Ukrainians in NZ worried, anxious

SIOBHAN DOWNES
Last updated 17:20 04/03/2014

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A Ukrainian man came to New Zealand to find peace, but is ready to return to a war zone if it means he can help his country.

Auckland-based IT specialist Yevgen Bidnyy gained residency a year ago.

His hometown is Kiev, Ukraine’s capital and the site of violent clashes over the past weeks.

Bidnyy is concerned for his parents and other family members who remain in Kiev as the unrest spreads.

Since Russian troops seized control in Crimea at the weekend, Ukraine has appeared to be on the brink of war.

"My surviving grandmother is about 100 kilometres from Kiev and she is insisting all my family moves to her house because she still remembers World War II, and everyone fears that World War III is starting," Bidnyy said.

His daughter and ex-wife lived in Russia, and he planned to call Immigration New Zealand to discuss visa options for them, he said.

Some of his friends had already been called into the Ukraine army for training exercises, and Bidnyy too is considering going back if the crisis deepens.

"New Zealand has given us a safe harbour to get away from most of the world’s problems, and that is what we have been looking for," he said.

"Unfortunately, I am torn between the will to have a peaceful life and raise my family here, and at the same time feeling an obligation to protect my parents that are in Kiev and the land I grew up on."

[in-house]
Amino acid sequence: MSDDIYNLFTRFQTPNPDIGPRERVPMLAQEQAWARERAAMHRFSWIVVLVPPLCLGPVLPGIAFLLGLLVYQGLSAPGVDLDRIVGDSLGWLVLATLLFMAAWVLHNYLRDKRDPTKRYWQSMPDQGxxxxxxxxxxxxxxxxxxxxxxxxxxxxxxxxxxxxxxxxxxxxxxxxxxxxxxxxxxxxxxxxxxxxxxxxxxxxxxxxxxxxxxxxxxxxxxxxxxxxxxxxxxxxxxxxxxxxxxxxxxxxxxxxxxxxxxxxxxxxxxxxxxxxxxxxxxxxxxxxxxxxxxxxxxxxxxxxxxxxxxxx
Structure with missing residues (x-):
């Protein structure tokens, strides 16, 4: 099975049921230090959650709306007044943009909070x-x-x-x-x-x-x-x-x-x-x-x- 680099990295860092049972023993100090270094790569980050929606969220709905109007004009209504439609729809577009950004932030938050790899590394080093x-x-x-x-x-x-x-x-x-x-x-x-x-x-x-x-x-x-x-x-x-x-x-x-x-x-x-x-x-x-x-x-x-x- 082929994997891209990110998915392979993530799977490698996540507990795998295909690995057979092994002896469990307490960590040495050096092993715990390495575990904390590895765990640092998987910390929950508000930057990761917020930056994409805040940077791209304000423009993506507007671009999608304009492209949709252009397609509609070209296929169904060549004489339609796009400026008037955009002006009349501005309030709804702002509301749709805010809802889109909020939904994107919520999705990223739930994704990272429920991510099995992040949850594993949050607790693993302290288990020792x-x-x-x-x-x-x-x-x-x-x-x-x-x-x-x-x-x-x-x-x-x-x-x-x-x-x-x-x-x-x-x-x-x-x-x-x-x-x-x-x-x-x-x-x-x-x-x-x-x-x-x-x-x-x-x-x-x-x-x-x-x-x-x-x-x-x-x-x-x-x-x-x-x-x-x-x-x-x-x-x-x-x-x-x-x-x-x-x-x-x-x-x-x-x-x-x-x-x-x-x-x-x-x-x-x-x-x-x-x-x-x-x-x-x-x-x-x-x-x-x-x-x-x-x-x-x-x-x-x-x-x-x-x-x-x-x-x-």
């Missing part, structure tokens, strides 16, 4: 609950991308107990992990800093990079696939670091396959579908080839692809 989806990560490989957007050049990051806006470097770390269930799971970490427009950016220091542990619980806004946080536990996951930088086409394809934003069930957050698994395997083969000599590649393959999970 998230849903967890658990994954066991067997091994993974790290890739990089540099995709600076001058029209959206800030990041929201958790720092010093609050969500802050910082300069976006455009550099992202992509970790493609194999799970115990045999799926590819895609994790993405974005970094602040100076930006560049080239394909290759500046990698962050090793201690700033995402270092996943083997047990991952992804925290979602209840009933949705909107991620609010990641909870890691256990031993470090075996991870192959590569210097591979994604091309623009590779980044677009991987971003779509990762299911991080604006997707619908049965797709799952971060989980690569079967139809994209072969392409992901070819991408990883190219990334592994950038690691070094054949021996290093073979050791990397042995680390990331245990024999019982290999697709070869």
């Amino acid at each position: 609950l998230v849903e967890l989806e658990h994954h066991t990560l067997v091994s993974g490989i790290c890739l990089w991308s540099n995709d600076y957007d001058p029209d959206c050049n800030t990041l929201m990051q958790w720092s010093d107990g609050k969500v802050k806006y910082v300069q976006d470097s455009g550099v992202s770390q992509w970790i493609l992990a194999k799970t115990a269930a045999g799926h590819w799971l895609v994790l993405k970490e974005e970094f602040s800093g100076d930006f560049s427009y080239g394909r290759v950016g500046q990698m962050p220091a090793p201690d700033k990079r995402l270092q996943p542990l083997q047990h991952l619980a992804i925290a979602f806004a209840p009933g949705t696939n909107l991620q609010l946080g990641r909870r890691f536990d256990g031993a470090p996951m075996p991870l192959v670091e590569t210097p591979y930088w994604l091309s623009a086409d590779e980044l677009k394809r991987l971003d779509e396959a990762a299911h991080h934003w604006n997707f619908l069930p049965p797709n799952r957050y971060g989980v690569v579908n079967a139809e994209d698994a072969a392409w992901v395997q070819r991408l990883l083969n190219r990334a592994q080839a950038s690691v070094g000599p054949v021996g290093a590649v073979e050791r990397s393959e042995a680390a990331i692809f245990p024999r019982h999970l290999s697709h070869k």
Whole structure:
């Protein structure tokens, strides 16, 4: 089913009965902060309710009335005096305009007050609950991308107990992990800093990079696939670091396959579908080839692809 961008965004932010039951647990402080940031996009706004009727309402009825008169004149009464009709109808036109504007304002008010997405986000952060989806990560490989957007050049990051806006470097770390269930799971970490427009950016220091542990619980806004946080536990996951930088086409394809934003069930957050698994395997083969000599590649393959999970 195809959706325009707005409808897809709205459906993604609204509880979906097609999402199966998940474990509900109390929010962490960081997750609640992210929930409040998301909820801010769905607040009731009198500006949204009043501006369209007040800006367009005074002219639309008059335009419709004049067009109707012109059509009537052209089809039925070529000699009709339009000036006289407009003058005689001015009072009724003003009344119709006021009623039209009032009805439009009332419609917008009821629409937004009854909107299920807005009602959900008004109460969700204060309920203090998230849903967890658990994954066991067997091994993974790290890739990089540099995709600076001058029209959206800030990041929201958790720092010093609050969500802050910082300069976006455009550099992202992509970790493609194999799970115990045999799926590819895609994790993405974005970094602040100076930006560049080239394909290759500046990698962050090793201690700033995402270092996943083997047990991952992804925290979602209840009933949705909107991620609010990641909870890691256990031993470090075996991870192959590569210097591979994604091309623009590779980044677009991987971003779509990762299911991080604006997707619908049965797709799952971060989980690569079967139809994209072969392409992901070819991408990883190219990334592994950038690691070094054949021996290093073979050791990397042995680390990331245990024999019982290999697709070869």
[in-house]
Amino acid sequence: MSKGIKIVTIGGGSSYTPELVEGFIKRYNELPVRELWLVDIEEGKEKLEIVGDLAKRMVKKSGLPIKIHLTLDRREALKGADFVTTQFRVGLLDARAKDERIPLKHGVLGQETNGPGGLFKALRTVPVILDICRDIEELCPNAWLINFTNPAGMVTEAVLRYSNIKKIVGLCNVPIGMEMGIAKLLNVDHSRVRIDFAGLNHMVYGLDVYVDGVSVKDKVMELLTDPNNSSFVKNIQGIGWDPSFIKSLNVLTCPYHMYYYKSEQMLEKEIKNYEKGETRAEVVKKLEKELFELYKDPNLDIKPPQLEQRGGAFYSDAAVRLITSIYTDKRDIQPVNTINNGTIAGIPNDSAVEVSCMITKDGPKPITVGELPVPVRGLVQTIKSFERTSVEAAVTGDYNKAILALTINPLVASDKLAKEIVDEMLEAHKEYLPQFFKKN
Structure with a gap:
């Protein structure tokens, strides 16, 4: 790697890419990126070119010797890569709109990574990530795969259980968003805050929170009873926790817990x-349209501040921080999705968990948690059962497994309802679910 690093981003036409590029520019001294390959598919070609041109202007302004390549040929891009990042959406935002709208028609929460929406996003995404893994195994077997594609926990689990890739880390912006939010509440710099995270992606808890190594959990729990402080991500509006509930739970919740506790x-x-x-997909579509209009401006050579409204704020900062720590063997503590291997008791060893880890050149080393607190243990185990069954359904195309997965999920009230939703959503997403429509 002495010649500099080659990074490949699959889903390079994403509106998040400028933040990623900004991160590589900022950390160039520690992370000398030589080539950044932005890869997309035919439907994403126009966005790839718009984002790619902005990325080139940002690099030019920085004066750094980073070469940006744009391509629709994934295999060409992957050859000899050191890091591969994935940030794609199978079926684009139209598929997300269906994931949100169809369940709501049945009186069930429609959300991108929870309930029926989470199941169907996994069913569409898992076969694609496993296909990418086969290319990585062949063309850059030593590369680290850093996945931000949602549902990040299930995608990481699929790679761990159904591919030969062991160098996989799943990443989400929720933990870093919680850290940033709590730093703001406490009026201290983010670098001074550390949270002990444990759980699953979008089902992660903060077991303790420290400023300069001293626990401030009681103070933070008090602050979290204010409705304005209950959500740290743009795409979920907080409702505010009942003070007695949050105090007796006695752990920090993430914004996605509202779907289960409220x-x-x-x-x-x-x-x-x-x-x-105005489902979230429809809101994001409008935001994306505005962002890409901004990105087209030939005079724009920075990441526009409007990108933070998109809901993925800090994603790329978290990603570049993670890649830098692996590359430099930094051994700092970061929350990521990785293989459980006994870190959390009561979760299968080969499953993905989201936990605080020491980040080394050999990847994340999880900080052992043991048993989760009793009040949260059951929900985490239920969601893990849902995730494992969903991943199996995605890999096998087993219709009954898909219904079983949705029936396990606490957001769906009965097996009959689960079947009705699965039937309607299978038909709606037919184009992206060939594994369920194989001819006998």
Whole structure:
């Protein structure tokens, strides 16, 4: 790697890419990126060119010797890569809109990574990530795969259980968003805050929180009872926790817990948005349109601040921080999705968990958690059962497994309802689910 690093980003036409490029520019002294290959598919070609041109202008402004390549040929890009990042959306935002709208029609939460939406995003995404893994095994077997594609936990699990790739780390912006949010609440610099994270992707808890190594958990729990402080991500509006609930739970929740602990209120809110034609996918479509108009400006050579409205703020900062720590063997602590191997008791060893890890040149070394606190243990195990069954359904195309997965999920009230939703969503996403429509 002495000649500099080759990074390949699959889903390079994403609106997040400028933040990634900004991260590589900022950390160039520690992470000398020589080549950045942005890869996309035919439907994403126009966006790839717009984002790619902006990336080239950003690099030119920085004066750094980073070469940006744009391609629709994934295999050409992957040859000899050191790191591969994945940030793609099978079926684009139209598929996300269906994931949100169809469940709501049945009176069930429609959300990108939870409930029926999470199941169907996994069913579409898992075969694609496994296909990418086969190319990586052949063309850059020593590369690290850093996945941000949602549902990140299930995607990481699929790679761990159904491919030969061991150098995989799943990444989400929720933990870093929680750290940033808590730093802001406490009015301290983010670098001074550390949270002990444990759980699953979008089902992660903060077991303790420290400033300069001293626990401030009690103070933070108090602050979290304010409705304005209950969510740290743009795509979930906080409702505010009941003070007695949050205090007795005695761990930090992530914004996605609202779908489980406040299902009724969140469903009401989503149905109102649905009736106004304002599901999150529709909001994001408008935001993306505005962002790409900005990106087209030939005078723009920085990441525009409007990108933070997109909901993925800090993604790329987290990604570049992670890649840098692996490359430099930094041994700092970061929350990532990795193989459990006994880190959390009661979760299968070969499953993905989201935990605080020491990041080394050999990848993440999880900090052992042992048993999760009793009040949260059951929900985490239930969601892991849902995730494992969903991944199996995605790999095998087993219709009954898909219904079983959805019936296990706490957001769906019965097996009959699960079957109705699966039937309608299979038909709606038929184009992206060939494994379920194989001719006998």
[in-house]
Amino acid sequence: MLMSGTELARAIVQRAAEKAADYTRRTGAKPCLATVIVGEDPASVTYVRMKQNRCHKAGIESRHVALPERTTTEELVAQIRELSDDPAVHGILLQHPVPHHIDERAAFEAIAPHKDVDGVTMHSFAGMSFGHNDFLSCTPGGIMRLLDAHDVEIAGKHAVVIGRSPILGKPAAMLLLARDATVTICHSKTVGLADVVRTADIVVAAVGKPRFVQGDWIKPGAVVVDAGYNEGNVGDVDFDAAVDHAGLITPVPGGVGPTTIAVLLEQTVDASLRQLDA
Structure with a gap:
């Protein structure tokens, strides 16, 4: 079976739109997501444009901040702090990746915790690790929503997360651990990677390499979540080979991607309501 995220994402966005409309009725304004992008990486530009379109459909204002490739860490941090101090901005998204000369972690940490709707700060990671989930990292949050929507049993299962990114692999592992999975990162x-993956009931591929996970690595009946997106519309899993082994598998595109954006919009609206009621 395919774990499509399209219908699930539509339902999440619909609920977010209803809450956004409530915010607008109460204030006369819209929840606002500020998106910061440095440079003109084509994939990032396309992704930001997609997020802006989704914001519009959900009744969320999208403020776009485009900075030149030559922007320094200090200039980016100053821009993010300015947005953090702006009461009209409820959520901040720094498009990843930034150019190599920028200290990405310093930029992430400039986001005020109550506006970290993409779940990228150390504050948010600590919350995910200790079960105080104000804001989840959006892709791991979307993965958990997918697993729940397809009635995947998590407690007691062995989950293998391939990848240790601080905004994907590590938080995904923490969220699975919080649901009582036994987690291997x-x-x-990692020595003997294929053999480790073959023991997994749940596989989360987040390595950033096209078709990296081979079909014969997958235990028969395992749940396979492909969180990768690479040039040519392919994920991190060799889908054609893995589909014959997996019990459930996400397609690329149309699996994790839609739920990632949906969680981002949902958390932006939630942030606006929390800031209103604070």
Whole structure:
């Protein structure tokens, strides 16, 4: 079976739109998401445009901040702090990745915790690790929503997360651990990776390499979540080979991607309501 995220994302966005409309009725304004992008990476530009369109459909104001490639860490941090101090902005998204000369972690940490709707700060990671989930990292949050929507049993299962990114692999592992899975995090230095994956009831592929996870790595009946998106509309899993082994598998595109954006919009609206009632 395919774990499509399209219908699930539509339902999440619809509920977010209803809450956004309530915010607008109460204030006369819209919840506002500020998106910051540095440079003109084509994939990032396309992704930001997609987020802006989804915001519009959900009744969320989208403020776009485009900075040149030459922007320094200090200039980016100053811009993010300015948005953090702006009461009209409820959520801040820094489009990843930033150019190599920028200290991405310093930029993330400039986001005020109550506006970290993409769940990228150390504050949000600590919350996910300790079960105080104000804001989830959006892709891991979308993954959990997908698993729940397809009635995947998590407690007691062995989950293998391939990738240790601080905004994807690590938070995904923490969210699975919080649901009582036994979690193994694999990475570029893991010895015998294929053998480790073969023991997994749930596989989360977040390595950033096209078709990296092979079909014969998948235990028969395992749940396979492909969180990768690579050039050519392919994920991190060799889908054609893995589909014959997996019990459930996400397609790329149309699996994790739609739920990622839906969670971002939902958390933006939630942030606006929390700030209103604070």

Ukrainians had no aggression towards Russians, and his first language was Russian, he said.

"To us, they’re friends, they’re brothers. But at the same time, if they come and invade, we won’t have any other choice but to defend ourselves.

"I do not want to fight – any war is an absolute nightmare. But I do want to do whatever possible to protect my parents and friends. It is becoming increasingly harder to stay away."

Kate Turska used to call her mother in Ukraine once a fortnight. She now calls her twice a day.

The business development manager moved to Auckland in 2006 and said it had been difficult being on the other side of the world when there was so much uncertainty.

"It’s disconcerting and scary and all sorts of mixed emotions ... being that far away and not knowing what’s going to happen," she said.

She has family in the pro-Russian eastern regions and the anti-Russian western regions, and is worried not only about the prospect of war, but also about clashes within Ukraine.

"Even if the conflict with Russia is resolved and there’s no bloodshed, the internal conflict still must be dealt with," Turska said.

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She was also concerned about the economic fallout from the crisis and what it would do to Ukraine.

"At this stage nobody’s to say when it’s going to happen or how it’s going to happen. It’s the game of wait and see."


- National

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